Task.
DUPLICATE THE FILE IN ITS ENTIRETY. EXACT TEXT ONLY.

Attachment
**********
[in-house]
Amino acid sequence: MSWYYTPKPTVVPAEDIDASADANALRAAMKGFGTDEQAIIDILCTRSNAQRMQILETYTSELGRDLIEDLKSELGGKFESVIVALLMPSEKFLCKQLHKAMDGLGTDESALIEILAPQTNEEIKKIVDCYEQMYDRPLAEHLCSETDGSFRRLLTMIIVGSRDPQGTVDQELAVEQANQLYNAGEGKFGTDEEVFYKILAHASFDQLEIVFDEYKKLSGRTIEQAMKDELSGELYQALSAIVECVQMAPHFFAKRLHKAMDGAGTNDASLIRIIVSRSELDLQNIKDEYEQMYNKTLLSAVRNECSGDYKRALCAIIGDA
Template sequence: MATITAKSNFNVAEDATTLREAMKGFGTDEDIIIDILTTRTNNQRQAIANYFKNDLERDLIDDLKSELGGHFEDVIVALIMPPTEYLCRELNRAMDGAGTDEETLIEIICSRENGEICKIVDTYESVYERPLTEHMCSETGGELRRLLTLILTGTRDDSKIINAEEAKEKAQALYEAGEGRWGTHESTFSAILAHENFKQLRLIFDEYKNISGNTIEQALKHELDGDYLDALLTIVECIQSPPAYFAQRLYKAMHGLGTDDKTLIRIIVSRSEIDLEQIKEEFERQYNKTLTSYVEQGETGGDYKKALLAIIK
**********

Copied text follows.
[in-house]
Amino acid sequence: MSWYYTPKPTVVPAEDIDASADANALRAAMKGFGTDEQAIIDILCTRSNAQRMQILETYTSELGRDLIEDLKSELGGKFESVIVALLMPSEKFLCKQLHKAMDGLGTDESALIEILAPQTNEEIKKIVDCYEQMYDRPLAEHLCSETDGSFRRLLTMIIVGSRDPQGTVDQELAVEQANQLYNAGEGKFGTDEEVFYKILAHASFDQLEIVFDEYKKLSGRTIEQAMKDELSGELYQALSAIVECVQMAPHFFAKRLHKAMDGAGTNDASLIRIIVSRSELDLQNIKDEYEQMYNKTLLSAVRNECSGDYKRALCAIIGDA
Template sequence: MATITAKSNFNVAEDATTLREAMKGFGTDEDIIIDILTTRTNNQRQAIANYFKNDLERDLIDDLKSELGGHFEDVIVALIMPPTEYLCRELNRAMDGAGTDEETLIEIICSRENGEICKIVDTYESVYERPLTEHMCSETGGELRRLLTLILTGTRDDSKIINAEEAKEKAQALYEAGEGRWGTHESTFSAILAHENFKQLRLIFDEYKNISGNTIEQALKHELDGDYLDALLTIVECIQSPPAYFAQRLYKAMHGLGTDDKTLIRIIVSRSEIDLEQIKEEFERQYNKTLTSYVEQGETGGDYKKALLAIIK